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Gender, Violence, and Human SecurityCritical Feminist Perspectives$
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Aili Mari Tripp, Myra Marx Ferree, and Christina Ewig

Print publication date: 2013

Print ISBN-13: 9780814770207

Published to NYU Press Scholarship Online: March 2016

DOI: 10.18574/nyu/9780814770207.001.0001

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From German Bus Stop to Academy Award Nomination

From German Bus Stop to Academy Award Nomination

The Honor Killing as Simulacrum

Chapter:
(p.163) 7 From German Bus Stop to Academy Award Nomination
Source:
Gender, Violence, and Human Security
Author(s):

Katherine Pratt Ewing

Publisher:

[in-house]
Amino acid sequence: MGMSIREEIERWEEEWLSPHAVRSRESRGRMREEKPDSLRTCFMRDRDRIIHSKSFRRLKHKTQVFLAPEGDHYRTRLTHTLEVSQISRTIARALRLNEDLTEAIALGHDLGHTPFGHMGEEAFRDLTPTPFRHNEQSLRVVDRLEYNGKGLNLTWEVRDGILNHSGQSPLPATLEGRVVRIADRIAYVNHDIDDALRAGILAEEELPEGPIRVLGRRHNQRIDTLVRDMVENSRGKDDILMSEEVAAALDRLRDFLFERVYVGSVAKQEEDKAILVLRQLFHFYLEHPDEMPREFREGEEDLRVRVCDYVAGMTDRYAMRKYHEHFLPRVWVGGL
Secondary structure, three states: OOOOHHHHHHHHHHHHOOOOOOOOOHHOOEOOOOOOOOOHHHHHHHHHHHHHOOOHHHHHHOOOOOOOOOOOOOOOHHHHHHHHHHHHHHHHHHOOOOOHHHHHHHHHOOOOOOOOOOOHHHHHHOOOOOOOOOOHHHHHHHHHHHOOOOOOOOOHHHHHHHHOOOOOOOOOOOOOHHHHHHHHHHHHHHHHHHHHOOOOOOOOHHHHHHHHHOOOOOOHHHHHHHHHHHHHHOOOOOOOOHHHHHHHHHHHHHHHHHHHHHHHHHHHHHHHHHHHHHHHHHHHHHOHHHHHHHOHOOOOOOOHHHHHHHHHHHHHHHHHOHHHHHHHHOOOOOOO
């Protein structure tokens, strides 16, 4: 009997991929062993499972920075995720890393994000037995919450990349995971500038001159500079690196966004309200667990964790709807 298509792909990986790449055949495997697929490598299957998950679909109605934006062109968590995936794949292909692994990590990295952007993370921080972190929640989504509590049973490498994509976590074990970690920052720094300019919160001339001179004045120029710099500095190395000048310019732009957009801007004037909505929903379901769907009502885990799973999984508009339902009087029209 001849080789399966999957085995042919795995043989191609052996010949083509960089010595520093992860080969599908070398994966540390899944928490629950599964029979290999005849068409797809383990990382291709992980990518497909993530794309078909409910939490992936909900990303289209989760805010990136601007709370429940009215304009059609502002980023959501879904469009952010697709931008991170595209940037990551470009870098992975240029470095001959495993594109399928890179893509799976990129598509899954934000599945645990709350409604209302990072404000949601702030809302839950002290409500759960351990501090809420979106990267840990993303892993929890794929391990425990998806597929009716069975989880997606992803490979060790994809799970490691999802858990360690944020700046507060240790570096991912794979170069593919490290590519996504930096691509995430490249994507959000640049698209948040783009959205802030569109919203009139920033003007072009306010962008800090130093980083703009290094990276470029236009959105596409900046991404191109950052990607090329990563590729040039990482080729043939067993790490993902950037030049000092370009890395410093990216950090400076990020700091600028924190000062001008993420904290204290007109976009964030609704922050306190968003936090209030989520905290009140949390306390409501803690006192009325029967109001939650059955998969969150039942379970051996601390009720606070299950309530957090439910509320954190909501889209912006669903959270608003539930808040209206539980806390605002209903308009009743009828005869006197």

NYU Press
DOI:10.18574/nyu/9780814770207.003.0007

This chapter addresses culturally based insecurities, focusing on honor killing in Germany. In the past few years, honor crimes have become globally famous among activists and scholars concerned about the rights and security of Muslim women. Indeed, media visibility of honor killing is reinforced by the decision by organizations such as the World Health Organization to make “honor killing” a focal point for their campaigns. Through this rhetorical move, women's murders have been categorized as manifestations of Muslim tradition, fuelling public anger against Turkish immigrants in Germany and other parts of Europe. Thus, this campaign to protect Muslim women has itself become a source of insecurity, both for Muslim minorities who face growing stigmatization and for a European public whose perspectives on Muslims are distorted by fear.

Keywords:   honor killing, honor crimes, Muslim women, Muslim tradition, Turkish immigrants, Muslim minorities

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